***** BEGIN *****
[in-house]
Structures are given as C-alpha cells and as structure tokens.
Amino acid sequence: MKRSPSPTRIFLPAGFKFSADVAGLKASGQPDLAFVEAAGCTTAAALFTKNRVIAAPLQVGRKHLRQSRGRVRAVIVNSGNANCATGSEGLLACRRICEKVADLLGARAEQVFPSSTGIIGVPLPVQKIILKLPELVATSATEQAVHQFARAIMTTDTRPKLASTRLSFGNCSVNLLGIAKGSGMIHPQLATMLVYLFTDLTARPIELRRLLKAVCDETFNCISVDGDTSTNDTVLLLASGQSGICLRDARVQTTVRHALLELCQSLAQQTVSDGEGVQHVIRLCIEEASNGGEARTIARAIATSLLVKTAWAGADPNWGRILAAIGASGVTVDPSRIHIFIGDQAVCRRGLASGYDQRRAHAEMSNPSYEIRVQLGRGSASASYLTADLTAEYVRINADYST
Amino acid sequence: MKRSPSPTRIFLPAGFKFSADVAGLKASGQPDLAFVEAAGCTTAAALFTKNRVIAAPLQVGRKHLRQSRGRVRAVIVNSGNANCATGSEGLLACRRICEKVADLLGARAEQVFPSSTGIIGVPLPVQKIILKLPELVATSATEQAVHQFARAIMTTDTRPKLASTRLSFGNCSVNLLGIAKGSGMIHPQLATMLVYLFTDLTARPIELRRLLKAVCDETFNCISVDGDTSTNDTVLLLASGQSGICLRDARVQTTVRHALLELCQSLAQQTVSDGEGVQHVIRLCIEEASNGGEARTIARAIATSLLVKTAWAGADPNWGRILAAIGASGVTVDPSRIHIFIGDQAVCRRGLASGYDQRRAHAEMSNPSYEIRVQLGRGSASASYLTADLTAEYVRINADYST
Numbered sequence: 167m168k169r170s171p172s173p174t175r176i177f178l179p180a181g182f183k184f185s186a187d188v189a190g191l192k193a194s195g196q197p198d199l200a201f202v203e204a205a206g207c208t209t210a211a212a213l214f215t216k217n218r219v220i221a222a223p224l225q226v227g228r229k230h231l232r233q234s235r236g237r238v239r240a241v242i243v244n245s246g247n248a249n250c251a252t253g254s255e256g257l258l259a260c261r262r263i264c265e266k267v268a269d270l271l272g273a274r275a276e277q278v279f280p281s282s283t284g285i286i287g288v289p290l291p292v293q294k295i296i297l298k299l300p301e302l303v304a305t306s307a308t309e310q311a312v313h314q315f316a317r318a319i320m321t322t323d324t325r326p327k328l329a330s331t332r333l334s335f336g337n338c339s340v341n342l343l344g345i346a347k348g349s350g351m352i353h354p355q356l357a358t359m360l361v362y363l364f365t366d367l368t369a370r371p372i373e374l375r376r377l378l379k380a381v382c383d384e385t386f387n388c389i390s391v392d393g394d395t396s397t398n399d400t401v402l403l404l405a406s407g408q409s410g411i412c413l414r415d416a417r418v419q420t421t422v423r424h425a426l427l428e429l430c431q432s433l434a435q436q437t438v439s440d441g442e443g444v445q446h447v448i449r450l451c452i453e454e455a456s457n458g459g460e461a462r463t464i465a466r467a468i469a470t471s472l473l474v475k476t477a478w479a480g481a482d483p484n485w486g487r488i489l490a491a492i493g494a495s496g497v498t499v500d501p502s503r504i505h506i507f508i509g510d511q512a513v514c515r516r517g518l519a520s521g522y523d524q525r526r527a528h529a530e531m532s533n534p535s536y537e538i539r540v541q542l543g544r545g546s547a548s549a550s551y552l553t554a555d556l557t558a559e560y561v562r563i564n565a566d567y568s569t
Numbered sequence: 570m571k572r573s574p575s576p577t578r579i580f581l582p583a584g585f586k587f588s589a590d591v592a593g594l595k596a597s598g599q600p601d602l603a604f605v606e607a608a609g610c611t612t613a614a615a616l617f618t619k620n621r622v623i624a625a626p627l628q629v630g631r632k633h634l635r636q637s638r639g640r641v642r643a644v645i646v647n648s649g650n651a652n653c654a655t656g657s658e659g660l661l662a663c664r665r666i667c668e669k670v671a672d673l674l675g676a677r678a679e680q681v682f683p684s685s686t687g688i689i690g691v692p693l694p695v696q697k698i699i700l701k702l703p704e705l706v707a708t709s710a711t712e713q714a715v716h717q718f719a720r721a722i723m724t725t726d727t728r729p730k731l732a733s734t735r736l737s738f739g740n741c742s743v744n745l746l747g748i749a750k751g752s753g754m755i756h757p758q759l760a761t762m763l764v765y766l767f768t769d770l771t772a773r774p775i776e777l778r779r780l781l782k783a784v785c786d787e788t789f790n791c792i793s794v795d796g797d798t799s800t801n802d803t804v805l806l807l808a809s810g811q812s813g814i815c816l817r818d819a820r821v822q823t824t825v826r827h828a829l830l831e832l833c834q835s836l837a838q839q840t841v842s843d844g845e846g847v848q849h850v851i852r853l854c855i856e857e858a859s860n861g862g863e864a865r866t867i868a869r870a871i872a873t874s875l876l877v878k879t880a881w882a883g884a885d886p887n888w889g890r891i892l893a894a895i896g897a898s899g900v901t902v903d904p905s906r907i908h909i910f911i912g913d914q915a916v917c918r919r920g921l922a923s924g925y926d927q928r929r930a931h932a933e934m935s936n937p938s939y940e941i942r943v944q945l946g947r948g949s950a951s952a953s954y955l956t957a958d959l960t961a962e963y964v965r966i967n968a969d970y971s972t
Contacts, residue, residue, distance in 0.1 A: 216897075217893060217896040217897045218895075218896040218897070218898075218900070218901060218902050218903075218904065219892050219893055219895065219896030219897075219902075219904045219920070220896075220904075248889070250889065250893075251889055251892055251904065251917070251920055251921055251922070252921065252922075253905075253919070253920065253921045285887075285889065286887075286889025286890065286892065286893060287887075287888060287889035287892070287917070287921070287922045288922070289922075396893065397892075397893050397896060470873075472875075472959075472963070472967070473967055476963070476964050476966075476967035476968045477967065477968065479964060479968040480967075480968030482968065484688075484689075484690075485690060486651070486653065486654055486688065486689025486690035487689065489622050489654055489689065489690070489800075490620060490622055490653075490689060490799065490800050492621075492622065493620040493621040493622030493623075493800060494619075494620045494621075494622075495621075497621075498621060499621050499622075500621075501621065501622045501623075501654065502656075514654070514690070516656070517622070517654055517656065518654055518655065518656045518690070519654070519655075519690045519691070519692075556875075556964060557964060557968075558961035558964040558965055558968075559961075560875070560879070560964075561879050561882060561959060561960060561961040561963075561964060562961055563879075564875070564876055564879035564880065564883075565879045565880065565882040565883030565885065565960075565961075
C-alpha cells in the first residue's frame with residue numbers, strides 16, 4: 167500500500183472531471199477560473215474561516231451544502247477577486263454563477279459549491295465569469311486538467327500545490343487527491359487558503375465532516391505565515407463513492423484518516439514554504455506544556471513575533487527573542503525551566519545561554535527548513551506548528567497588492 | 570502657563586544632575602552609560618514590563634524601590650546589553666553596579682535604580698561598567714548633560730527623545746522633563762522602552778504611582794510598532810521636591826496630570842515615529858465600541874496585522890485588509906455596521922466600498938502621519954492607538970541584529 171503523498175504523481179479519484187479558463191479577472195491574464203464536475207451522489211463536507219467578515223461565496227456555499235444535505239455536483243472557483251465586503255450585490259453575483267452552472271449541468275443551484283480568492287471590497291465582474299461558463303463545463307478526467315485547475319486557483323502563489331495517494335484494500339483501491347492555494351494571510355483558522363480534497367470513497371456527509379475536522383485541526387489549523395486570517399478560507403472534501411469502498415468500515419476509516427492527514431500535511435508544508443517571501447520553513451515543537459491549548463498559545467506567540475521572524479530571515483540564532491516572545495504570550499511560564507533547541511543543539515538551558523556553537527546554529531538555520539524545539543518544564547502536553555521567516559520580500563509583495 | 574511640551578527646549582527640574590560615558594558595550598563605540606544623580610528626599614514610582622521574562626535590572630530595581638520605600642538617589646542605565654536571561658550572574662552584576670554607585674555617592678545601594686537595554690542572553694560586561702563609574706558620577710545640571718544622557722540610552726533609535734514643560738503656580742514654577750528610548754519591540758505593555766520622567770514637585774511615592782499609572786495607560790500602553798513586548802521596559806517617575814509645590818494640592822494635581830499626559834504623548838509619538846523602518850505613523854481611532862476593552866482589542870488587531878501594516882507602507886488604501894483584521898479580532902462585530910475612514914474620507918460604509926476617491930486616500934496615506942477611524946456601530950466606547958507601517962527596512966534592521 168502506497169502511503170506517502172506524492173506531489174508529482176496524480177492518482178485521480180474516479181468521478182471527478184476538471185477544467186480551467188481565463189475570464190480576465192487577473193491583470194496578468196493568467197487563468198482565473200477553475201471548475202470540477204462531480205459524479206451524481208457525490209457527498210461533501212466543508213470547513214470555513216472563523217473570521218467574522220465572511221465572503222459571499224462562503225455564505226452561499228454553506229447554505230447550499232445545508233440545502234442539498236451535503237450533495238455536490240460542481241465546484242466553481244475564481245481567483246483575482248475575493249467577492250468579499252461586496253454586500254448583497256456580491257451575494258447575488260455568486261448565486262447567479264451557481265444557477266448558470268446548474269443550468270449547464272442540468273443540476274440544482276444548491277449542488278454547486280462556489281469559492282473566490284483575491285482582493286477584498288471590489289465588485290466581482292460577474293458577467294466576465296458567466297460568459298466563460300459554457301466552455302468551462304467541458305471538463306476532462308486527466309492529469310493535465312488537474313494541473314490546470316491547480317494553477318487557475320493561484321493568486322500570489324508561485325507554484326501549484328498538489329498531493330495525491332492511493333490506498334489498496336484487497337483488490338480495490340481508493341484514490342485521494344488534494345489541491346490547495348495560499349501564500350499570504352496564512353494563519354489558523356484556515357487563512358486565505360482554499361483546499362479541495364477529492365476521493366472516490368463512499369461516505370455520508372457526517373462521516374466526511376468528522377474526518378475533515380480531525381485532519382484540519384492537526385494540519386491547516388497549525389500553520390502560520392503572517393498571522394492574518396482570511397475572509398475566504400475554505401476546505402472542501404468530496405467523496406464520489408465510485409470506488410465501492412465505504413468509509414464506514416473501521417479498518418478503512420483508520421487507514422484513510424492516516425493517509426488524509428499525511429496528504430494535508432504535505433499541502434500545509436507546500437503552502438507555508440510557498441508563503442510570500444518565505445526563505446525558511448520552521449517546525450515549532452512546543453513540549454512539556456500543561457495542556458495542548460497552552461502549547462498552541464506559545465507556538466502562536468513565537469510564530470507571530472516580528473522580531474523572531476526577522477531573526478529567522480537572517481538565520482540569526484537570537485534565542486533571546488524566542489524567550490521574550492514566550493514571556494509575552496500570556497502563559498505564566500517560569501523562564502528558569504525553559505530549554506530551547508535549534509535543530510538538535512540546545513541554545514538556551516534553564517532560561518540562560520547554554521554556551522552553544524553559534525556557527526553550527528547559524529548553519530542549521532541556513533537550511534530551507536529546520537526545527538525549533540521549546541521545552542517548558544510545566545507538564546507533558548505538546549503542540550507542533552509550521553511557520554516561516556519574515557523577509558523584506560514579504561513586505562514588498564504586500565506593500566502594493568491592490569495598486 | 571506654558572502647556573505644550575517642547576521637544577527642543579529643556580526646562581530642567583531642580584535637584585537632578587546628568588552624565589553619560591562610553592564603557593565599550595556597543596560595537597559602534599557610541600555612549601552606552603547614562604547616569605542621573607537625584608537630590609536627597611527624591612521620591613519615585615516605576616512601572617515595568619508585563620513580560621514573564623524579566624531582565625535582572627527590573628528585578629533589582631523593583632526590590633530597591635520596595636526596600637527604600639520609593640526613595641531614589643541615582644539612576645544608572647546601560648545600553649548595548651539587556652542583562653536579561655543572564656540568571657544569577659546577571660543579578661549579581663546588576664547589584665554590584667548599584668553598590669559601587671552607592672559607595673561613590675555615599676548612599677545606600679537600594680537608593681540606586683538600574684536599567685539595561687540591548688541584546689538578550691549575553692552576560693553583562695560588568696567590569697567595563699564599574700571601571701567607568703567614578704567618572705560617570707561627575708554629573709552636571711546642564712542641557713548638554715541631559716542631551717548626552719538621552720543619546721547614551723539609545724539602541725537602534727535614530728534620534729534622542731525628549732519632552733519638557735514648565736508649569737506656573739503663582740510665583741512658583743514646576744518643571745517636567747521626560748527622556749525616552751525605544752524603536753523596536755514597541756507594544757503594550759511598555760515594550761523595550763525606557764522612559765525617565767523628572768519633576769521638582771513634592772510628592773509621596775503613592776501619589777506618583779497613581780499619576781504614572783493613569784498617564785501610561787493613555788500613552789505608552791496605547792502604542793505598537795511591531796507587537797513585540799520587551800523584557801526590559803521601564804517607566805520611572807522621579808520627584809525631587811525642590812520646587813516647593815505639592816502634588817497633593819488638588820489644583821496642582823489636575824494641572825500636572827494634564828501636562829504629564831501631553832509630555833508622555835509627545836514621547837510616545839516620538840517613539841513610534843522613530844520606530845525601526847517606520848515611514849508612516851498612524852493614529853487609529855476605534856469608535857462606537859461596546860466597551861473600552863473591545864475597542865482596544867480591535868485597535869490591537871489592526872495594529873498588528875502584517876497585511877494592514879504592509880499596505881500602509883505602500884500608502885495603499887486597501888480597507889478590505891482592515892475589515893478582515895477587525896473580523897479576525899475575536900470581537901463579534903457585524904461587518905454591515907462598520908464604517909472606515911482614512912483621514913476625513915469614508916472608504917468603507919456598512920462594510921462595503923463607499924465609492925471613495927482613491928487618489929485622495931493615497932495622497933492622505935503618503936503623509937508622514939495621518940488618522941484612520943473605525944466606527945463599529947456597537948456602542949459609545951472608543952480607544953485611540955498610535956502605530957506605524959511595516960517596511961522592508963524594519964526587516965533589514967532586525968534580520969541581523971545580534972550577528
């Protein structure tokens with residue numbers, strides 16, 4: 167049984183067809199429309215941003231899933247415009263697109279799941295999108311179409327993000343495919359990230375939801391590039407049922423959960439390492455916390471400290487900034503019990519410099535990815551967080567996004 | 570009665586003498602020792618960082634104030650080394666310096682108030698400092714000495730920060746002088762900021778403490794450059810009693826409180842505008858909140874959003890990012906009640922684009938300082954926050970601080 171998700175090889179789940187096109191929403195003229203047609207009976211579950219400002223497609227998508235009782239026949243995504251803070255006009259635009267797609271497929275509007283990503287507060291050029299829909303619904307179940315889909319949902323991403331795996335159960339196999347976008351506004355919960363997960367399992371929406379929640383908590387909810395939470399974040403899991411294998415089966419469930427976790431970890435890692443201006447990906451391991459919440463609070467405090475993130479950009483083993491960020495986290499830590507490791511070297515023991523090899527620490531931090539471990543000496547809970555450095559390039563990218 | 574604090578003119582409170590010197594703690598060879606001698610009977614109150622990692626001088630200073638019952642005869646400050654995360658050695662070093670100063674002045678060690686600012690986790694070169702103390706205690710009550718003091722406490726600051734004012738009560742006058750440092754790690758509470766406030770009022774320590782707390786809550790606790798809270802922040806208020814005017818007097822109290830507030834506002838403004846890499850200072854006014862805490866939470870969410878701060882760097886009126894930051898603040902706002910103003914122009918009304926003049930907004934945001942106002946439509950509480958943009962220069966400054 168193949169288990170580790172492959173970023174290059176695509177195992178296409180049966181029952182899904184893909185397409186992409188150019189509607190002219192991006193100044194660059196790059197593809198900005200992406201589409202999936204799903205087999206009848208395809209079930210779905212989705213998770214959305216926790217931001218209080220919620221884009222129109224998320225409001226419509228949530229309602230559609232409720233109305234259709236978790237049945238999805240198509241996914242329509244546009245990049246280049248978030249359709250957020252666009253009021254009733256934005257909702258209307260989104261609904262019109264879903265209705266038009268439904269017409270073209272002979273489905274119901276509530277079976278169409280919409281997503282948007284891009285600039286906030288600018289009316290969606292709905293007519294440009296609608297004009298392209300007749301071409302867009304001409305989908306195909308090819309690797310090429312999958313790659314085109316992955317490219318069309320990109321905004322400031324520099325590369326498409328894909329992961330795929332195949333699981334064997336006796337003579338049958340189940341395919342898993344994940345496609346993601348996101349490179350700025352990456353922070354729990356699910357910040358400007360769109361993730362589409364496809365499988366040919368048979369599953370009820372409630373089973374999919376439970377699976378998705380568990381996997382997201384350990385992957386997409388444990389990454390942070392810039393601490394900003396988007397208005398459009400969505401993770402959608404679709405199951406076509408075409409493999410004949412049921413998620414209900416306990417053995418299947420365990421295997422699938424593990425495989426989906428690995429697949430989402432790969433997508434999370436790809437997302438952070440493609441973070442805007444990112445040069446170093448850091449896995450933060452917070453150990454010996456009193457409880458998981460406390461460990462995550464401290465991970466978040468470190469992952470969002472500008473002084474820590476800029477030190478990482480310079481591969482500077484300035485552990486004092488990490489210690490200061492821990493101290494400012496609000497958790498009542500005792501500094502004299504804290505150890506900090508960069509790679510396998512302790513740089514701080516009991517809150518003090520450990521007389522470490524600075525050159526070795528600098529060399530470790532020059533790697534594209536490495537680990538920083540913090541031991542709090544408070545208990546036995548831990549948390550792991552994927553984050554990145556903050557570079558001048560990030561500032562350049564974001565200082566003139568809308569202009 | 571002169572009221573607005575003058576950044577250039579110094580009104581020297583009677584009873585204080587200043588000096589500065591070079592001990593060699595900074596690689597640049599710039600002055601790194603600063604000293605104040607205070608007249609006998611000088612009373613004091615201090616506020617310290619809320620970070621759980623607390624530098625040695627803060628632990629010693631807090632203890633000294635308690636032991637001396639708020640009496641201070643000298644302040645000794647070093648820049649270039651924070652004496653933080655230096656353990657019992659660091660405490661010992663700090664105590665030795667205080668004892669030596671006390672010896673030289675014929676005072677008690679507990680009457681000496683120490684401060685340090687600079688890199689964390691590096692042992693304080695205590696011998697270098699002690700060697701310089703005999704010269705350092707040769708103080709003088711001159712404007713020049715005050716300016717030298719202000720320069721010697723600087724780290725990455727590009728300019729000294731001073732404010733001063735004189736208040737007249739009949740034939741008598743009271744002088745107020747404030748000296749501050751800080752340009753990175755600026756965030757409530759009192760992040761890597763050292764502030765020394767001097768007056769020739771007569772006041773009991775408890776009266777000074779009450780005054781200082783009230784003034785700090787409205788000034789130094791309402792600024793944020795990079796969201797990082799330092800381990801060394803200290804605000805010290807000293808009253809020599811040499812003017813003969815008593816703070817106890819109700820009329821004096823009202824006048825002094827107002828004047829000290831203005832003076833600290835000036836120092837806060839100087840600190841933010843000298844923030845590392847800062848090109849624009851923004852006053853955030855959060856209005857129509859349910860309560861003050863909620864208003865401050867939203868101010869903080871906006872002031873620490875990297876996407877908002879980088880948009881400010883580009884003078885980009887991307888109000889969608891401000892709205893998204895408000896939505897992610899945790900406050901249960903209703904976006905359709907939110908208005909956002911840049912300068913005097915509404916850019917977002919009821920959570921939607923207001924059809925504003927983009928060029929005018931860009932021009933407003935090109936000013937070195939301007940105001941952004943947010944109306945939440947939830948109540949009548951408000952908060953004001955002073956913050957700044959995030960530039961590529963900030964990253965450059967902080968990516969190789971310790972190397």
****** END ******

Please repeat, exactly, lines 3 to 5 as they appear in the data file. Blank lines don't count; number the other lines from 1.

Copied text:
Amino acid sequence: MKRSPSPTRIFLPAGFKFSADVAGLKASGQPDLAFVEAAGCTTAAALFTKNRVIAAPLQVGRKHLRQSRGRVRAVIVNSGNANCATGSEGLLACRRICEKVADLLGARAEQVFPSSTGIIGVPLPVQKIILKLPELVATSATEQAVHQFARAIMTTDTRPKLASTRLSFGNCSVNLLGIAKGSGMIHPQLATMLVYLFTDLTARPIELRRLLKAVCDETFNCISVDGDTSTNDTVLLLASGQSGICLRDARVQTTVRHALLELCQSLAQQTVSDGEGVQHVIRLCIEEASNGGEARTIARAIATSLLVKTAWAGADPNWGRILAAIGASGVTVDPSRIHIFIGDQAVCRRGLASGYDQRRAHAEMSNPSYEIRVQLGRGSASASYLTADLTAEYVRINADYST
Amino acid sequence: MKRSPSPTRIFLPAGFKFSADVAGLKASGQPDLAFVEAAGCTTAAALFTKNRVIAAPLQVGRKHLRQSRGRVRAVIVNSGNANCATGSEGLLACRRICEKVADLLGARAEQVFPSSTGIIGVPLPVQKIILKLPELVATSATEQAVHQFARAIMTTDTRPKLASTRLSFGNCSVNLLGIAKGSGMIHPQLATMLVYLFTDLTARPIELRRLLKAVCDETFNCISVDGDTSTNDTVLLLASGQSGICLRDARVQTTVRHALLELCQSLAQQTVSDGEGVQHVIRLCIEEASNGGEARTIARAIATSLLVKTAWAGADPNWGRILAAIGASGVTVDPSRIHIFIGDQAVCRRGLASGYDQRRAHAEMSNPSYEIRVQLGRGSASASYLTADLTAEYVRINADYST
Numbered sequence: 167m168k169r170s171p172s173p174t175r176i177f178l179p180a181g182f183k184f185s186a187d188v189a190g191l192k193a194s195g196q197p198d199l200a201f202v203e204a205a206g207c208t209t210a211a212a213l214f215t216k217n218r219v220i221a222a223p224l225q226v227g228r229k230h231l232r233q234s235r236g237r238v239r240a241v242i243v244n245s246g247n248a249n250c251a252t253g254s255e256g257l258l259a260c261r262r263i264c265e266k267v268a269d270l271l272g273a274r275a276e277q278v279f280p281s282s283t284g285i286i287g288v289p290l291p292v293q294k295i296i297l298k299l300p301e302l303v304a305t306s307a308t309e310q311a312v313h314q315f316a317r318a319i320m321t322t323d324t325r326p327k328l329a330s331t332r333l334s335f336g337n338c339s340v341n342l343l344g345i346a347k348g349s350g351m352i353h354p355q356l357a358t359m360l361v362y363l364f365t366d367l368t369a370r371p372i373e374l375r376r377l378l379k380a381v382c383d384e385t386f387n388c389i390s391v392d393g394d395t396s397t398n399d400t401v402l403l404l405a406s407g408q409s410g411i412c413l414r415d416a417r418v419q420t421t422v423r424h425a426l427l428e429l430c431q432s433l434a435q436q437t438v439s440d441g442e443g444v445q446h447v448i449r450l451c452i453e454e455a456s457n458g459g460e461a462r463t464i465a466r467a468i469a470t471s472l473l474v475k476t477a478w479a480g481a482d483p484n485w486g487r488i489l490a491a492i493g494a495s496g497v498t499v500d501p502s503r504i505h506i507f508i509g510d511q512a513v514c515r516r517g518l519a520s521g522y523d524q525r526r527a528h529a530e531m532s533n534p535s536y537e538i539r540v541q542l543g544r545g546s547a548s549a550s551y552l553t554a555d556l557t558a559e560y561v562r563i564n565a566d567y568s569t